The next feeling in the smorgasbord, of course, was the exhilaration feel: being in a setting with so much high-intensity movement and noise, couple that with people who will see you there, and be happy to see you right then (even at that first show, I had been met by a couple of really cool guys who were welcoming and happy to see me), that’s a rush. It’s more than a rush. If “a rush” was the base level, this would be a rush for that.

There’s a lot I still don’t really have a good grasp on, partly because I have a hard time interpreting and understanding and all the rest of it (so, a bit of a cognitive lack from the disability--this is not an excuse of any kind to do anything less than the best that a person can do, in terms of being a decent person, nor is it a plea for mercy or sympathy: I am not a sympathy case). Sometimes it would feel like some people put undue pressure on the scene in general. As if it’s not supposed to be about doing what makes you happy, first and foremost, and sometimes I like it joke about calling it “this thing of ours” because of the mob mentality stage I felt it was going through when I was just getting into it, up until about 7 or 8 years after the fact, when I stopped going to shows as much.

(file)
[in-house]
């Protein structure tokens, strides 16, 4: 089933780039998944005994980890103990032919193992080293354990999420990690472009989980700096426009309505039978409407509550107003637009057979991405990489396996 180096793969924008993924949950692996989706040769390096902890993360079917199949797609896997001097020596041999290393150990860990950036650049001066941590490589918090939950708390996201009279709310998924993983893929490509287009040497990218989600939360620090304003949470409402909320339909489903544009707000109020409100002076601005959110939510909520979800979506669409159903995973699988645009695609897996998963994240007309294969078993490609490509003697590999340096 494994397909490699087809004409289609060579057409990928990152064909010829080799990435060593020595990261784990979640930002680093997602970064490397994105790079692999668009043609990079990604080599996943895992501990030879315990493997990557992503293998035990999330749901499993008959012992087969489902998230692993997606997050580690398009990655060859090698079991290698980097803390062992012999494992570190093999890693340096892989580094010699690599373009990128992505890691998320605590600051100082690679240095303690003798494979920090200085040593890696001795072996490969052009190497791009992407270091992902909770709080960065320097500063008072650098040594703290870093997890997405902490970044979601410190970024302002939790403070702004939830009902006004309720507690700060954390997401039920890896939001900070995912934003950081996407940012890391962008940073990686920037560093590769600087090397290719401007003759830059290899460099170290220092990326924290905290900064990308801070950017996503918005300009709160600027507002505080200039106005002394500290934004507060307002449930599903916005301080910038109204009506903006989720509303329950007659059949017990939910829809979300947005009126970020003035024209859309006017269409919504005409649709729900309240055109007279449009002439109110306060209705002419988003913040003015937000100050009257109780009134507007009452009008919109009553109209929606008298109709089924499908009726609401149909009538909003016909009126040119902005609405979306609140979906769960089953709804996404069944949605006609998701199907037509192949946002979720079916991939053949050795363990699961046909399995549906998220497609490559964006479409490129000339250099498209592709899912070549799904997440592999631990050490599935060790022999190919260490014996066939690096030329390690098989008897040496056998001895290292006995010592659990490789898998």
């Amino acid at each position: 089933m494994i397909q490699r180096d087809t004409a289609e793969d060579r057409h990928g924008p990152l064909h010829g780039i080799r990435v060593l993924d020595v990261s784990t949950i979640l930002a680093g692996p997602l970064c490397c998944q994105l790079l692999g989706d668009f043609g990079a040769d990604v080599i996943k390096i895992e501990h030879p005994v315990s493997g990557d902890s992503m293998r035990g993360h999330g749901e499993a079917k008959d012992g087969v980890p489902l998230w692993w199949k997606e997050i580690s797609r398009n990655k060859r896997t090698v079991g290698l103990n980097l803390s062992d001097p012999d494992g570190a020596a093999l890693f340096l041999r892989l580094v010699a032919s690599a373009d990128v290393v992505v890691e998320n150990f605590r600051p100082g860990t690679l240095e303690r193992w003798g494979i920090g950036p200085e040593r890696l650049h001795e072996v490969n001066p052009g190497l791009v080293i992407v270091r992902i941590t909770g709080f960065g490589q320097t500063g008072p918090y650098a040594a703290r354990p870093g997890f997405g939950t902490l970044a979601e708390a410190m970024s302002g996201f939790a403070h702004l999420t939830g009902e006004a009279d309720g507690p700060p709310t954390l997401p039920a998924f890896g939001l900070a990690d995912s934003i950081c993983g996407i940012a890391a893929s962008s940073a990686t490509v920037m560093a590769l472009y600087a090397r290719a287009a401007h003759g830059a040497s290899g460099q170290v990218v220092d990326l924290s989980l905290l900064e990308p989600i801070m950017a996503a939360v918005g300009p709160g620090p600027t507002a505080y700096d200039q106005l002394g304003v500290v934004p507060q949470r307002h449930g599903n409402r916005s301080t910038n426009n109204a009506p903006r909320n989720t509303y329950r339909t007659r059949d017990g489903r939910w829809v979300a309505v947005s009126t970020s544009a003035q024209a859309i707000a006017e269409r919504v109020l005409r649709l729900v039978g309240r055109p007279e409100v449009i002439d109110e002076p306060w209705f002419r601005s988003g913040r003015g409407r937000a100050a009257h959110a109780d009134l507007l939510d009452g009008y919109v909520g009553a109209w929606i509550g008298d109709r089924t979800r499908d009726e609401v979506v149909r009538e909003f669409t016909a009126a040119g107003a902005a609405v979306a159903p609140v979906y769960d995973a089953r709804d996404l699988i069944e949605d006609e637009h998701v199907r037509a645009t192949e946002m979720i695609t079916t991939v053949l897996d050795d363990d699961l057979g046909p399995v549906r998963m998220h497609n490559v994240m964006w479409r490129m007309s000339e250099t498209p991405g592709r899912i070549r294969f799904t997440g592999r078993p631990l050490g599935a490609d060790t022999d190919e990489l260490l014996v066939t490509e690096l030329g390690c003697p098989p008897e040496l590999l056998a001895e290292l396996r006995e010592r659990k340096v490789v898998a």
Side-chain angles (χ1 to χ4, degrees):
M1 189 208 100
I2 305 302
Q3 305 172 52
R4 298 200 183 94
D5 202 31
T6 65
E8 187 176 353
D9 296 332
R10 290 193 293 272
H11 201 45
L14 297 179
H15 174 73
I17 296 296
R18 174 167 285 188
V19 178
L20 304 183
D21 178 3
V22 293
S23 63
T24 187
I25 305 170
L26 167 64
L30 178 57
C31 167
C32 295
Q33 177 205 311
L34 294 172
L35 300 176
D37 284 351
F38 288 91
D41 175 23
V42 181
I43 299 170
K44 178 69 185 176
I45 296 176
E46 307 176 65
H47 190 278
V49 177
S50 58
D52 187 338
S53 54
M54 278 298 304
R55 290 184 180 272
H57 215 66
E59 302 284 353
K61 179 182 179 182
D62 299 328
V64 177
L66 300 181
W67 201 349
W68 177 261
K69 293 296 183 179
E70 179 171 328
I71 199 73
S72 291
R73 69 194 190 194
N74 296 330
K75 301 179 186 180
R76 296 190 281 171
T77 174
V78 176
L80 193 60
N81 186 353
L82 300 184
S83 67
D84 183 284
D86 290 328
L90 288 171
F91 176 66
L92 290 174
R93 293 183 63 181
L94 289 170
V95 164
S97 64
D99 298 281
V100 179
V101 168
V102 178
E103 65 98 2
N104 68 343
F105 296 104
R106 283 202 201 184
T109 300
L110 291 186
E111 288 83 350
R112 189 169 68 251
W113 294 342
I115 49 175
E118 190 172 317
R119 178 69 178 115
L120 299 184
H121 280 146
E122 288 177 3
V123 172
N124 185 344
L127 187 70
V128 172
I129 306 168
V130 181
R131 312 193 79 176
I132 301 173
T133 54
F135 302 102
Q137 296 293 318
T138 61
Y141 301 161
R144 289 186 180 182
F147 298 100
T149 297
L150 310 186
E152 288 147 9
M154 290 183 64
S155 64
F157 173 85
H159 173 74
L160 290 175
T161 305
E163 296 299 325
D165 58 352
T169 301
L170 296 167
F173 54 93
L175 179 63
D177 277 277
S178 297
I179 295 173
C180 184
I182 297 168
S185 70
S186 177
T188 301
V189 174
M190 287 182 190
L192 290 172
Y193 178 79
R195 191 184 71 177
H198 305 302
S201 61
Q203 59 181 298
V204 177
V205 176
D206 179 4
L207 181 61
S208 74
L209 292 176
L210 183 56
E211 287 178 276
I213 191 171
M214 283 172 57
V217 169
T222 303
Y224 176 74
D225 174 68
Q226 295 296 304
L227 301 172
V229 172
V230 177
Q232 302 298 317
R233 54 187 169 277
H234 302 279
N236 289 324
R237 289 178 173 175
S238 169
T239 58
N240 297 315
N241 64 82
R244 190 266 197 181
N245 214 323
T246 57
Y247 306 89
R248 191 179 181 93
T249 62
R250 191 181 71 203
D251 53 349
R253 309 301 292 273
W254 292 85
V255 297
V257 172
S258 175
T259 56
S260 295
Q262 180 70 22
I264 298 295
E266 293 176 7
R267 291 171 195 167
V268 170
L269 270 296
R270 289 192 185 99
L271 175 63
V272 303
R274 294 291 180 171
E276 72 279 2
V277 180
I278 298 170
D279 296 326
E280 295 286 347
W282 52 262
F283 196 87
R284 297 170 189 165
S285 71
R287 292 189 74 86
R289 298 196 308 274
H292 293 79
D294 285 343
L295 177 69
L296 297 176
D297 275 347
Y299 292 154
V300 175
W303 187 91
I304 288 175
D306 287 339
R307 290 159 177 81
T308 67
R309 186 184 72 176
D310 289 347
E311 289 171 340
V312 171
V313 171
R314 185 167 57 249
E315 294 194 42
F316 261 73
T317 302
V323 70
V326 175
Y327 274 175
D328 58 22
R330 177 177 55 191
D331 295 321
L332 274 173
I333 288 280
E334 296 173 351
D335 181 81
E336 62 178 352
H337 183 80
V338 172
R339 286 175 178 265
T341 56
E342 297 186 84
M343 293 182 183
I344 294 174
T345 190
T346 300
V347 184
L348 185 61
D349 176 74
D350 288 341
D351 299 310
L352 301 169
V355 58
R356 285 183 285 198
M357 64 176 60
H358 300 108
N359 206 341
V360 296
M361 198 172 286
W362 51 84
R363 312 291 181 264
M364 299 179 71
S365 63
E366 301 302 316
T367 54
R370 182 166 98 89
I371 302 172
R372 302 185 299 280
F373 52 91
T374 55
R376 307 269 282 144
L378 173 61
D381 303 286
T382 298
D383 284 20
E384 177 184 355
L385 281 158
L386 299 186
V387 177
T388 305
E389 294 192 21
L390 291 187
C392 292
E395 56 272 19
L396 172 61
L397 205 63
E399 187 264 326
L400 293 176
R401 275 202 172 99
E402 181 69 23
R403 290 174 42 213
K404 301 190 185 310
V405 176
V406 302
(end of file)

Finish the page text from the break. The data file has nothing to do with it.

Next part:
Sometimes, people would try to intimidate or harass me, whether it’s because they feel uncomfortable about a guy in a wheelchair going to shows, or whether they were bored as shit and needed a (supposedly) easy target. The sun stopped shining so bright, the flowers grew a little more feebly, sometimes not at all. My tastebuds were completely blown. 

Photo: Gray Muncy

I haven’t completely ruled out going to shows again, and if I find a way to do so (the local venues near me that hold hardcore shows are all closed now, and accessibility and transportation are a struggle for me). But if I do, I’m looking forward to going to shows and not finding myself caught in the middle of watching some scene politics unfold.